Debra (the teacher) launches the Pool Border task in her class. During this whole class discussion, several students share their initial thoughts on how they would go about solving the Pool Border task.

# Pool Border

## Revisiting 5 by 5

Debra (the teacher) asks students to consider how many 1 x 1 tiles would be needed to create a border for a 5 x 5 pool. The class then discusses the different approaches students took to counting the tiles, both correct and incorrect.

## Siri & Tiffany

Siri & Tiffany’s group share how they approached the Pool Border task, decomposing the border into four “side plus corner” pieces, the equation for which they write as n = s4 + 4

## Pascal, Adam, & Tammy

Pascal, Tammy, and Adam to go to the board and show their equation, n = (s + 2)4 – 4, explaining that each of the pool’s 4 sides is s + 2, giving you (s + 2)4. They add that since they counted each of the 4 corners twice, they needed to subtract them out (– 4).

## Lulu’s Group

Lulu shares her group’s equation, n = (s + 2)^2 – s^2, explaining that it describes finding the area of the larger square (side length s + 2), then subtracting the area of the pool (side length s). Debra (the teacher) asks another student to paraphrase Lulu’s group’s approach.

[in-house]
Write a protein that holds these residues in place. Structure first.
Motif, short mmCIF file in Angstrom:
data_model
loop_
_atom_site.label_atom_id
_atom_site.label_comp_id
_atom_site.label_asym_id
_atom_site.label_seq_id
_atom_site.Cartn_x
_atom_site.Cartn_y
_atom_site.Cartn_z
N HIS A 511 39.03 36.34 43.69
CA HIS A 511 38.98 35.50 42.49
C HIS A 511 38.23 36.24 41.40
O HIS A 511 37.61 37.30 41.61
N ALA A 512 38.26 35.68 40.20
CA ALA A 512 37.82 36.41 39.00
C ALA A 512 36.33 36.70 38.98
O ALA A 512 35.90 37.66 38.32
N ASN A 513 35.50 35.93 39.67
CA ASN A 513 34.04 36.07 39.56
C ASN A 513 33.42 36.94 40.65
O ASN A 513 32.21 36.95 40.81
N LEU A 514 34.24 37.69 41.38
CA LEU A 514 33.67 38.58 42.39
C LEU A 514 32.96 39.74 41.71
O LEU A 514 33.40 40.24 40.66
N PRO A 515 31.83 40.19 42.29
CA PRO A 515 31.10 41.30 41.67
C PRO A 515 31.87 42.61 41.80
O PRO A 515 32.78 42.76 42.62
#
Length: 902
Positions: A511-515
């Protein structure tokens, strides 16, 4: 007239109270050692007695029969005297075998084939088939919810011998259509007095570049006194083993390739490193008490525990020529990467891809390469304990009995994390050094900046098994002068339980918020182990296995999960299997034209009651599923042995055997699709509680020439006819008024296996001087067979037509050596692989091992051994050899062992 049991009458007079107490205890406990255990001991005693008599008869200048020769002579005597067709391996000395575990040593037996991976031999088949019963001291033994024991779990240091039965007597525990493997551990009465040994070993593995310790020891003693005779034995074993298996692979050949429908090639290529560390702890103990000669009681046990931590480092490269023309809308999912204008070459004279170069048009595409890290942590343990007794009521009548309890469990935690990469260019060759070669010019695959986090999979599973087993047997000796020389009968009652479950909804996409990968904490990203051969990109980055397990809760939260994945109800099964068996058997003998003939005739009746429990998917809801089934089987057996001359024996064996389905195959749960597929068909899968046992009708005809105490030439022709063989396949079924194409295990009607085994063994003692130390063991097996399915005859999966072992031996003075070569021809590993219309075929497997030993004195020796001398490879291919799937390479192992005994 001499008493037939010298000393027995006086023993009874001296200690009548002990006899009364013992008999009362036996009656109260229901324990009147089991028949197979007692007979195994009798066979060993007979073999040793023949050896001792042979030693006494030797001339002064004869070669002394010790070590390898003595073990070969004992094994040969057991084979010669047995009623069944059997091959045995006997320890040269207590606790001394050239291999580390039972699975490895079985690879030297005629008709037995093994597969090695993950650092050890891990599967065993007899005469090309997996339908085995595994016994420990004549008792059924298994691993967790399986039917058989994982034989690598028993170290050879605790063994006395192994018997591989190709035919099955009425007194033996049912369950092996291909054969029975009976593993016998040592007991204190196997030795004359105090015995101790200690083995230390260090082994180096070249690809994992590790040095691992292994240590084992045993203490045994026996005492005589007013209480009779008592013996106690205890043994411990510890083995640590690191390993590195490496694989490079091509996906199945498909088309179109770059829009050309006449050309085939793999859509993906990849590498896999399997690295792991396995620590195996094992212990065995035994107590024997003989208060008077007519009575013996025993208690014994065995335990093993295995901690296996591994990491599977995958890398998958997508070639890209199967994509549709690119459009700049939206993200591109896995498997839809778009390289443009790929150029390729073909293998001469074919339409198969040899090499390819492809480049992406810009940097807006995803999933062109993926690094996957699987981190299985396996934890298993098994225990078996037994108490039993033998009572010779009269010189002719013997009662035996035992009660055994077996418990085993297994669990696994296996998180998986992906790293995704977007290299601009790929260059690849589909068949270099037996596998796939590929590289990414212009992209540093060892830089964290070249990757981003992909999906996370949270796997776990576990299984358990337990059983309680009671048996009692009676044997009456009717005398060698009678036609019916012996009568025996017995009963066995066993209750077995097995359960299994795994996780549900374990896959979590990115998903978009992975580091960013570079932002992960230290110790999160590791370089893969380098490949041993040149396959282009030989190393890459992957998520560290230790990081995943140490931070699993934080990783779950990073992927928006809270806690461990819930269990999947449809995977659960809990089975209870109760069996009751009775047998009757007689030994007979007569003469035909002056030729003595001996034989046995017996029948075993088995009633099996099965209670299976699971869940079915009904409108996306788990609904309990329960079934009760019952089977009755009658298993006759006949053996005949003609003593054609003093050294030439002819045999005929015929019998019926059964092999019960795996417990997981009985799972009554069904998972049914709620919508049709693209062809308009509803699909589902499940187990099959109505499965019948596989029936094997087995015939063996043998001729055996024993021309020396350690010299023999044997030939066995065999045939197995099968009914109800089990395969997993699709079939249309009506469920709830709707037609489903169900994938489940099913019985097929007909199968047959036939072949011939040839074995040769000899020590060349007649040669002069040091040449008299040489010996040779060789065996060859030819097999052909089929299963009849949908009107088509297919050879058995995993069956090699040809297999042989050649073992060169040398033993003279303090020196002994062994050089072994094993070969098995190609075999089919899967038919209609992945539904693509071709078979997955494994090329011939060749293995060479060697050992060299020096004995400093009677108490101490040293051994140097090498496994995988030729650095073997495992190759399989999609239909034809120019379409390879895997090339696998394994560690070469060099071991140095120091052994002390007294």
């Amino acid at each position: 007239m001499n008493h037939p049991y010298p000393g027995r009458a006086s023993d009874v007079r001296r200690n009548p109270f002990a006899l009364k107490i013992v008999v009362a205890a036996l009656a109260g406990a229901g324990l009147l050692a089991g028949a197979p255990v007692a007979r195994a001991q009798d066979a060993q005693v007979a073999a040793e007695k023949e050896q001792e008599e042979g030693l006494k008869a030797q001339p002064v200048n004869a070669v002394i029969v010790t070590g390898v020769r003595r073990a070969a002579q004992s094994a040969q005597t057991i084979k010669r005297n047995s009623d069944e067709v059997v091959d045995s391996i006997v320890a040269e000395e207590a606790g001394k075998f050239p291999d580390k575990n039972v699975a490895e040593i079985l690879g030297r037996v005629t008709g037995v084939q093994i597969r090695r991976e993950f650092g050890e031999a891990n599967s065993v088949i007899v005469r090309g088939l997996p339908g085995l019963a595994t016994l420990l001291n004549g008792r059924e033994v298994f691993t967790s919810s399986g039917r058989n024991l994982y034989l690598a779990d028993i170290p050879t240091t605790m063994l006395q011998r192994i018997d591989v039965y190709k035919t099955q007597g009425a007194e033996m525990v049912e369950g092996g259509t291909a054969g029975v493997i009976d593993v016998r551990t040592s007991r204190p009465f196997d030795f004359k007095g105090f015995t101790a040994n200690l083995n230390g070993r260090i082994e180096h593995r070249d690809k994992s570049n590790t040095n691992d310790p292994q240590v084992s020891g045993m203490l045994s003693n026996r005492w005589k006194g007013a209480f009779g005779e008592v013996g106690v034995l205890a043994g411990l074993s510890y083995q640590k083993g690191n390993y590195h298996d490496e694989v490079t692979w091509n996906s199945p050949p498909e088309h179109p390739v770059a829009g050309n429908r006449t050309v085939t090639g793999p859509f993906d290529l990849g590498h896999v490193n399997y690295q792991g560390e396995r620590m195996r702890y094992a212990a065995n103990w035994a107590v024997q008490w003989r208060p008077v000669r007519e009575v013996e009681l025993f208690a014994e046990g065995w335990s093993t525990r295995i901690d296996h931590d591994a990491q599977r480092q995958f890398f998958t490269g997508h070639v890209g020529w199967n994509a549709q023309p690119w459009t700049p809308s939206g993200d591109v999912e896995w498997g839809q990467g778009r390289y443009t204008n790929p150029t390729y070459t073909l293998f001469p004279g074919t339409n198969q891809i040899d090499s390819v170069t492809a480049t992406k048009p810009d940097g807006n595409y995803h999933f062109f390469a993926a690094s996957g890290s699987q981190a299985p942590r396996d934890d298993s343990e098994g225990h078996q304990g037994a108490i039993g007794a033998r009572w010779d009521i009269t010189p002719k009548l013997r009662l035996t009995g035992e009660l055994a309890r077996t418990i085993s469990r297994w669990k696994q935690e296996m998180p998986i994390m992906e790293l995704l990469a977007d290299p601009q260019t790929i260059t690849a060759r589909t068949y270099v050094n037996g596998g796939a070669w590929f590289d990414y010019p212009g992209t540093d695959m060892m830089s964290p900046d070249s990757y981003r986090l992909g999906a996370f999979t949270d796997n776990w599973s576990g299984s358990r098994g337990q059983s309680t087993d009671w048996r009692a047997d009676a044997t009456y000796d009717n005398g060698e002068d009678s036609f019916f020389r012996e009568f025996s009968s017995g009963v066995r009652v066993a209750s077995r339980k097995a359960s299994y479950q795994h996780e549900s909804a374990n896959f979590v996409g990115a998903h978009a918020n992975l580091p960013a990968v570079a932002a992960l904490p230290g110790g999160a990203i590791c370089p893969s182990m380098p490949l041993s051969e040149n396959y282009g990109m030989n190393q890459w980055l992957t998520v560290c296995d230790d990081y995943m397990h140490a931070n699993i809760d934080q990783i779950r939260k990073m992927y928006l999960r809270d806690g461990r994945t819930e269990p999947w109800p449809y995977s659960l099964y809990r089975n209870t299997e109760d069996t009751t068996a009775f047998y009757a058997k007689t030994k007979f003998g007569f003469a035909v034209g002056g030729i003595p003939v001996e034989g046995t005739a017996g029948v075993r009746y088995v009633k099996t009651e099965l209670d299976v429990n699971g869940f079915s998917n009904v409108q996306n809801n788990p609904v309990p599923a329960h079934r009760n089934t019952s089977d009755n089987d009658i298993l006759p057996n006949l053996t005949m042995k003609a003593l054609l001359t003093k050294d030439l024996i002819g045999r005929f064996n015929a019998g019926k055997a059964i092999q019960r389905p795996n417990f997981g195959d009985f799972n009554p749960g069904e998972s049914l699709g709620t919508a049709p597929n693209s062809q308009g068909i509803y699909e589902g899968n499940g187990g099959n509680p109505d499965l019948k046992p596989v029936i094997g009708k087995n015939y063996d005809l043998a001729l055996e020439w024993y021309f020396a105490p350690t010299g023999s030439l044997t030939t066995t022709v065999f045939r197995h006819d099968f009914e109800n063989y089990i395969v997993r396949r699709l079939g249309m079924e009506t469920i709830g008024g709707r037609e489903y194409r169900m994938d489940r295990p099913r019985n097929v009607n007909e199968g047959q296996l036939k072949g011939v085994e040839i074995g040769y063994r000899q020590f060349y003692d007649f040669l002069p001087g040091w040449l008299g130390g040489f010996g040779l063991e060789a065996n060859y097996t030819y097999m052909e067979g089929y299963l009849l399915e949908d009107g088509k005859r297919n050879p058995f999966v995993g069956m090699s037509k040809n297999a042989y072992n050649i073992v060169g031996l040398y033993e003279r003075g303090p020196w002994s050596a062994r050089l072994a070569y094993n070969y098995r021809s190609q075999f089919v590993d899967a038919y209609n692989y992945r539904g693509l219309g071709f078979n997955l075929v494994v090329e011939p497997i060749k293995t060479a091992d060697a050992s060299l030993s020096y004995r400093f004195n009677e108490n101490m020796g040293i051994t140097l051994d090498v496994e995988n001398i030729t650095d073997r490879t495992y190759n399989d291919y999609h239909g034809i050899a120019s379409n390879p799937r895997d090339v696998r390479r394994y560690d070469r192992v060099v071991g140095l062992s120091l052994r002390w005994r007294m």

## Discussing 5 by 5

Debra (the teacher) asks students to consider how many 1 x 1 tiles would be needed to create a border for a 5 x 5 pool. The class then discusses the different approaches students took to counting the tiles, both correct and incorrect.

## Different Equations

After Debra’s class has determined y = 4x + 4 as one equation for solving the Pool Border task, Debra asks them to work in small groups, exploring visually to find as many other equations as they can.

## Debra’s Question

After small groups share three different equations to determine the number of 1 x 1 tiles needed to form a border for a square pool with side length x, Debra asks, “Are these equations the same?”